A participle is a form of a verb that is used in a sentence to modify a noun, noun phrase, verb or verb phrase, and thus plays a role similar to that of an adjective or adverb.

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The way the past participle is used in these sentences

First, this is the meaning I am trying to put in writing: She could not tolerate the sight of them as they were being put to death. And I want the progressive aspect to be clear. Which of ...
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Seem small clause

It is said that the omission of "to be" is allowed only when the adjective (phrases), noun (phrases), or prepositional phrase comes after the to be like this: a He seemed (to be) angry about the ...
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Which one is correct: “to have verbed” or “verbing”?

I have two confusing sentences and I am in two minds whether the first or the second is more grammatically correct: He was by far the most knowledgeable person to have commented on the subject, so ...
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How do I choose between a noun and a participle when picking one to use as an adjective?

I know that I can use both a noun and a particle as an adjective but what do I have to ask myself when choosing between them? For instance: Talking points, talk points Information ...
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Participle Clause - past particple

As I hadn't finished my assignment, I was very anxious. = Not having/Having not finished my assignment, I was very anxious. Consider changing the sentence: Not finished my assignment, I was ...
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Are copulars considered linking, helping, or auxiliaries?

I'm having a hard time understanding why most people consider the infinitive to be and all of its verb base forms helping verbs. I've consulted multiple English grammar sites and forums, and most of ...
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Is following several weeks… a participial phrase?

I'm struggling to determine if the "following weeks..." clause is a participial phrase or an absolute phrase. Typically, the ice sheet begins to show evidence of thawing in late summer, following ...
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Prepositions before participle clauses

I am currently studying participle clauses that have adverbial meaning, and was faced with something that I'm having a hard time understanding. In "Advanced Grammar In Use," the book I'm studying ...
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Is it possible to change “If-clauses” into participles?

Some English grammar books in Korea tell us that we can change “if-clauses” into participles, but when I have checked everywhere on google about participles, they don't show any examples though only a ...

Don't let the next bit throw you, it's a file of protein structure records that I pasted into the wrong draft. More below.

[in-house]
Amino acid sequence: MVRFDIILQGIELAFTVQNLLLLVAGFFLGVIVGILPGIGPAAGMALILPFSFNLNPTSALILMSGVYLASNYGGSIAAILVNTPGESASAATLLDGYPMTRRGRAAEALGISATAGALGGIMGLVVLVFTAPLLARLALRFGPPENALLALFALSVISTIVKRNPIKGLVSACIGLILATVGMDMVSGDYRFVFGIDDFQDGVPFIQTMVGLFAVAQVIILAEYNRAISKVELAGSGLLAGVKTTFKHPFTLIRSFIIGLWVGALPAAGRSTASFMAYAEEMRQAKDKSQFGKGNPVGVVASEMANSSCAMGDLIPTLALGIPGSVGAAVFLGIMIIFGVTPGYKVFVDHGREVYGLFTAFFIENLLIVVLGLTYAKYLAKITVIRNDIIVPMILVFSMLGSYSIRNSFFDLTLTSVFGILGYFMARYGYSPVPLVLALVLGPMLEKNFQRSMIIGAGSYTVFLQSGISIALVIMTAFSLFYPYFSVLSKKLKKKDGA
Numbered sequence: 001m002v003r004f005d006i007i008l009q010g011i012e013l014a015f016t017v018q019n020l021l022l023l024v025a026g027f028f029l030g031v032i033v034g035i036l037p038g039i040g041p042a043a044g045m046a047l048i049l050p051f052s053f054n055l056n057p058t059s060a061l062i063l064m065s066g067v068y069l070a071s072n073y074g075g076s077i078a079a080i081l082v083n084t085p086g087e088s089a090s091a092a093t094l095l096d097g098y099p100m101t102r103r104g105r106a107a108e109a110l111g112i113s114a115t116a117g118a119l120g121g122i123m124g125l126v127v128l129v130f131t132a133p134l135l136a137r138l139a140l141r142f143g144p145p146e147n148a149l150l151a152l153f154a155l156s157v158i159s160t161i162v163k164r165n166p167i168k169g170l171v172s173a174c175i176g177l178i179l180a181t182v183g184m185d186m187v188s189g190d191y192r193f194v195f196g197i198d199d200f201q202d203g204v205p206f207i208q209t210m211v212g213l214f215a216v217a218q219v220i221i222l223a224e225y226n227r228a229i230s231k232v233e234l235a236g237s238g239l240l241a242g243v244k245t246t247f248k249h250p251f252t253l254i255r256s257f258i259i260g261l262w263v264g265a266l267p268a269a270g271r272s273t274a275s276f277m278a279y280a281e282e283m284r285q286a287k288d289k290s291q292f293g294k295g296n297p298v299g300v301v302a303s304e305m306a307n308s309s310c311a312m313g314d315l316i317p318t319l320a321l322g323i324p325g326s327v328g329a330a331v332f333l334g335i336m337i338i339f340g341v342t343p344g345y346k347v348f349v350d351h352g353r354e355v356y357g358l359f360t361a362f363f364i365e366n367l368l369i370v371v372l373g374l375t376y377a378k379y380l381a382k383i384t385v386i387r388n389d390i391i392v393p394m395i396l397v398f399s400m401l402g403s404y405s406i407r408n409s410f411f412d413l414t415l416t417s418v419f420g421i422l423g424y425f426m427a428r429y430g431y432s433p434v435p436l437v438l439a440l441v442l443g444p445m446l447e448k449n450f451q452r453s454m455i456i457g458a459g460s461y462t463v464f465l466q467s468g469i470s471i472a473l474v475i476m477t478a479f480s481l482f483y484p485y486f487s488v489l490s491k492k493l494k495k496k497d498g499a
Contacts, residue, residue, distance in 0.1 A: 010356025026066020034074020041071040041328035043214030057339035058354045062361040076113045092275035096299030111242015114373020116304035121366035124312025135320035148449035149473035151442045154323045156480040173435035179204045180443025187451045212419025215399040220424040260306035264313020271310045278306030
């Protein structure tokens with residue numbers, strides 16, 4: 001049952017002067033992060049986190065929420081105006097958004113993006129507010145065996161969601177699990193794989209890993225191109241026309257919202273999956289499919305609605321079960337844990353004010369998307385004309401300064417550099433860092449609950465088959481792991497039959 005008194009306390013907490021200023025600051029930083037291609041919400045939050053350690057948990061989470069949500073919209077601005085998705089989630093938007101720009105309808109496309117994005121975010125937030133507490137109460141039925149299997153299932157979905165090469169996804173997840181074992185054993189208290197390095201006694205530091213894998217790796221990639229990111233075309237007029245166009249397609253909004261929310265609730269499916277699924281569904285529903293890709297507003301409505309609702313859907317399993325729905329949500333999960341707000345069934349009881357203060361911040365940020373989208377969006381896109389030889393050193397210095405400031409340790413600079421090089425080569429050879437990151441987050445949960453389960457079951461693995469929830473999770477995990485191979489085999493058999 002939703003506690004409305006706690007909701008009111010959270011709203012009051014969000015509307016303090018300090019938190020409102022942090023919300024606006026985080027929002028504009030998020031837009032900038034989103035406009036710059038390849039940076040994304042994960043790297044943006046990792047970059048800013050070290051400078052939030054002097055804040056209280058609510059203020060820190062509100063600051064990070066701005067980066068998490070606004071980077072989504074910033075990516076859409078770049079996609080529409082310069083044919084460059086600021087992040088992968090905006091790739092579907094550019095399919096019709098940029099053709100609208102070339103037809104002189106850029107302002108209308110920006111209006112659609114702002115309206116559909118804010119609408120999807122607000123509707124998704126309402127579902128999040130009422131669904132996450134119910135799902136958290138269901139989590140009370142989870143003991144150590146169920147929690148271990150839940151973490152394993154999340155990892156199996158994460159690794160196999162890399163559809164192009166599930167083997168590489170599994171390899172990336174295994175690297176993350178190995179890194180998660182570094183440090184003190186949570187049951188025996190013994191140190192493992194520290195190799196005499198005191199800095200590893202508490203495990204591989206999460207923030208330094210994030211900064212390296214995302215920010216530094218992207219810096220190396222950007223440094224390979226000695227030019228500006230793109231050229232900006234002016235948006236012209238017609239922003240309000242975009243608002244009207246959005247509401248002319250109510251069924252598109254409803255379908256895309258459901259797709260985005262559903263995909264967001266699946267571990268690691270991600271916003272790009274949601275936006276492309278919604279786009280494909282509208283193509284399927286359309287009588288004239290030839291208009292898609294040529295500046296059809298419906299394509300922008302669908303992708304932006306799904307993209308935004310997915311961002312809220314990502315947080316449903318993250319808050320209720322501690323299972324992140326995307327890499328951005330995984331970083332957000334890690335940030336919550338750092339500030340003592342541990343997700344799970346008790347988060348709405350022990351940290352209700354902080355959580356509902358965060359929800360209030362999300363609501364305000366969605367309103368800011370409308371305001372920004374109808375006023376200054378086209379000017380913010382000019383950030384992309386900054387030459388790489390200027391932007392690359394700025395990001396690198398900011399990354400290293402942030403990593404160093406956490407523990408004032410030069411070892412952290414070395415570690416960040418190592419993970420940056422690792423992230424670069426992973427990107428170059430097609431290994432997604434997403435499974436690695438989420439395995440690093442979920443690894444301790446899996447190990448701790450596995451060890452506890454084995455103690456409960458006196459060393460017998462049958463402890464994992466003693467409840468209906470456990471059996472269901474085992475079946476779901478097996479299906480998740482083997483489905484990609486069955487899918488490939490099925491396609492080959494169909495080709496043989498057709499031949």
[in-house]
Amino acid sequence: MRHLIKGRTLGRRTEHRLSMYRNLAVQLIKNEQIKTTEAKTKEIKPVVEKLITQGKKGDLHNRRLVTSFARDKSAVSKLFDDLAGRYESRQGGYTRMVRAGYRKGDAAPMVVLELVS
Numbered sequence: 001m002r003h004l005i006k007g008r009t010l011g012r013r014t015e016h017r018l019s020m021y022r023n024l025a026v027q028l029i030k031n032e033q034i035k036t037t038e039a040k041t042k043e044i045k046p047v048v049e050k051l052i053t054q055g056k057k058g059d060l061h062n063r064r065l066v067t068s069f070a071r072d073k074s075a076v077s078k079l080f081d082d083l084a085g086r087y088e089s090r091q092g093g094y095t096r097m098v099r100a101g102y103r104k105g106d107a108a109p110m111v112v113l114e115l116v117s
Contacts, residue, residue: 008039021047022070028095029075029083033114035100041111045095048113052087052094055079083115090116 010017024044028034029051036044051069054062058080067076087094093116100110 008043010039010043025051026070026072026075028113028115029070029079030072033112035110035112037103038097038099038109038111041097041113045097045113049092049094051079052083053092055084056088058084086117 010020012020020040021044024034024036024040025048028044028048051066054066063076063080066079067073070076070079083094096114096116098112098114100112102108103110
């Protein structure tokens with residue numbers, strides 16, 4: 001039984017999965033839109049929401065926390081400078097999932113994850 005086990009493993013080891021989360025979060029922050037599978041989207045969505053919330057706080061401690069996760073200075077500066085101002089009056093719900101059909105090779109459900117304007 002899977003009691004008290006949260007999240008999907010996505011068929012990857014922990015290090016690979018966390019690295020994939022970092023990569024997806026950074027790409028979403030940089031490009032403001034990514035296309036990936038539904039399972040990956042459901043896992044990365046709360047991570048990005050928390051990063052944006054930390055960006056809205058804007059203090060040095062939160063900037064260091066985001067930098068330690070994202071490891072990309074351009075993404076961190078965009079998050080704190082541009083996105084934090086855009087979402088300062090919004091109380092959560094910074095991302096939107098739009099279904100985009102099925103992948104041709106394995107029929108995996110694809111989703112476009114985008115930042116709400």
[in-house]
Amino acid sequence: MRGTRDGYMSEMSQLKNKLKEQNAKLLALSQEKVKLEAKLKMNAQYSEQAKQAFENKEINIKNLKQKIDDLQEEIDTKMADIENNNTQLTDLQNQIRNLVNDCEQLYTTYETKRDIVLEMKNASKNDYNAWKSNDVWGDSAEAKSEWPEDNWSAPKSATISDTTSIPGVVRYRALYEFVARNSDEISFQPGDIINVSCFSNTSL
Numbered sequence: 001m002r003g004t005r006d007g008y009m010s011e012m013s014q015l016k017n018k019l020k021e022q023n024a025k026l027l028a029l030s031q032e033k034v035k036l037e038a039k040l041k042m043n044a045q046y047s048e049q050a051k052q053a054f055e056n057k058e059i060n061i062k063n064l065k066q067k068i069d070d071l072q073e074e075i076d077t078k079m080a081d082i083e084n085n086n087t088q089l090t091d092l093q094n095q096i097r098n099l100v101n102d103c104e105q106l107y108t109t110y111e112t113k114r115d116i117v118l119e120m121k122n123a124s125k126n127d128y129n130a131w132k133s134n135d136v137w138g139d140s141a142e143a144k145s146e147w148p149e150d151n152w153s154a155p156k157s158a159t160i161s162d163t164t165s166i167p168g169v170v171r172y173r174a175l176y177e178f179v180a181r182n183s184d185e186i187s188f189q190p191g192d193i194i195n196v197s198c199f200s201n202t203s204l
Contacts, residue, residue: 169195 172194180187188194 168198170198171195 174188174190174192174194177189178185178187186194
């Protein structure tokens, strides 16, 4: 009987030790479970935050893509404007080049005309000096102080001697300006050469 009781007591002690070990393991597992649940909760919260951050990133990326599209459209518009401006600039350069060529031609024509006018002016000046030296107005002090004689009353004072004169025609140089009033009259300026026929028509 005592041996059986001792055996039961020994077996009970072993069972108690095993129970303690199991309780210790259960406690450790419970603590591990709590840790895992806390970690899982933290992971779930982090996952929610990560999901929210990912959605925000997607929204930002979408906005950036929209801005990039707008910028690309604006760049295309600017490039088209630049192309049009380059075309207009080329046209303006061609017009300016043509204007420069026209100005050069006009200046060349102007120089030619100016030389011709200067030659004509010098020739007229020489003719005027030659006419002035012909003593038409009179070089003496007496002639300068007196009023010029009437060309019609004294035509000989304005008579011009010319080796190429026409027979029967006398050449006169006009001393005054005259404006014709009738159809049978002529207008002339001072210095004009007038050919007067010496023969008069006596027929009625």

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Gerund and Participles

I need your expert skills to solve this confusion regarding the use of gerund and participles. Here is the sentence Standing in the shallow end, he would practice his arm movements. I want to know ...
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Hyphenation between participle and preposition before a noun?

When visiting a London hospital, Florence Nightingale was shocked at the dirty and uncared for patients. The above sentence is from an essay. Should we write "uncared-for patients", with a hyphen ...
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“celebrating” or “to celebrate”?

The following sentences are the same except the bold parts. Which of the following sentences sounds natural to native speakers of English? A, B or both? A: Farmers who are growing rice for profit ...
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participle adjectives

I'd like to ask for guidance on where paticipial adjectives should be placed. In the first sentence below, the past participle adjective is before the word that it modifies: 'broken chair.' But in ...
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Had + past participle or Would Have + past participle?

I would like to know which sentence is grammatically correct and why? If I am talking about a hypothetical case and I want to know what would happen if something have occurred. For example: I turned ...
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Why is there no comma between this participle phrase and the main clause

I searched around, and they said that all the participle phrases are happening concurrently with the main clause. Hm, I thought they are consecutively happening, according to http://random-idea-...
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Participle phrase at the end of the sentence

When participle phrase comes at the end of the sentence, it usually modifies the subject. 1 He smiled nervously with a chocolate in his hands, thinking that the end has come. Here, participle ...
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Adverb of manner and participle in subjective participle construction

Why is an adverb of manner placed before participle in the sentence "We watched the temperature gradually rising"? I know that if the verb is transitive, then the adverb of manner can be placed ...